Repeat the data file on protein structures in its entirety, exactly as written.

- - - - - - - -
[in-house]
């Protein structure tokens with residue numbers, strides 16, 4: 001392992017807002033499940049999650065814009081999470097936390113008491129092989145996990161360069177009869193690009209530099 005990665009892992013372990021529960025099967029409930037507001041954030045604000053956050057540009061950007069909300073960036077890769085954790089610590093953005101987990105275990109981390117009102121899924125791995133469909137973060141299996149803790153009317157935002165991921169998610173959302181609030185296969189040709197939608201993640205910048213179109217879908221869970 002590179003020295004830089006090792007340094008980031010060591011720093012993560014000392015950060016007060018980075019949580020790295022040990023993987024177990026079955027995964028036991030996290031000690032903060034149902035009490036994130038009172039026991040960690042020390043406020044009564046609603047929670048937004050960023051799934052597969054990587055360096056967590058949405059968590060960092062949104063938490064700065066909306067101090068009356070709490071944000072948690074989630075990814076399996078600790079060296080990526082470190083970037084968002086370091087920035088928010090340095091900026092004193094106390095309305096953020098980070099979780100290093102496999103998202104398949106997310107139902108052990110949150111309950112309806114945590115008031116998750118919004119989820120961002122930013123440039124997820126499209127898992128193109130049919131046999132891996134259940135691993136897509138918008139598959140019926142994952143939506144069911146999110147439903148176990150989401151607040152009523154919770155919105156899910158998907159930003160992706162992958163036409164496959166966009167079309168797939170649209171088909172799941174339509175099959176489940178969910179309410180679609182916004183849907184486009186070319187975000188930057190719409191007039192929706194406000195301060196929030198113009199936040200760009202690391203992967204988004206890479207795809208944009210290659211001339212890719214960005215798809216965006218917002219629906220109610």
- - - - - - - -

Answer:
[in-house]
């Protein structure tokens with residue numbers, strides 16, 4: 001392992017807002033499940049999650065814009081999470097936390113008491129092989145996990161360069177009869193690009209530099 005990665009892992013372990021529960025099967029409930037507001041954030045604000053956050057540009061950007069909300073960036077890769085954790089610590093953005101987990105275990109981390117009102121899924125791995133469909137973060141299996149803790153009317157935002165991921169998610173959302181609030185296969189040709197939608201993640205910048213179109217879908221869970 002590179003020295004830089006090792007340094008980031010060591011720093012993560014000392015950060016007060018980075019949580020790295022040990023993987024177990026079955027995964028036991030996290031000690032903060034149902035009490036994130038009172039026991040960690042020390043406020044009564046609603047929670048937004050960023051799934052597969054990587055360096056967590058949405059968590060960092062949104063938490064700065066909306067101090068009356070709490071944000072948690074989630075990814076399996078600790079060296080990526082470190083970037084968002086370091087920035088928010090340095091900026092004193094106390095309305096953020098980070099979780100290093102496999103998202104398949106997310107139902108052990110949150111309950112309806114945590115008031116998750118919004119989820120961002122930013123440039124997820126499209127898992128193109130049919131046999132891996134259940135691993136897509138918008139598959140019926142994952143939506144069911146999110147439903148176990150989401151607040152009523154919770155919105156899910158998907159930003160992706162992958163036409164496959166966009167079309168797939170649209171088909172799941174339509175099959176489940178969910179309410180679609182916004183849907184486009186070319187975000188930057190719409191007039192929706194406000195301060196929030198113009199936040200760009202690391203992967204988004206890479207795809208944009210290659211001339212890719214960005215798809216965006218917002219629906220109610």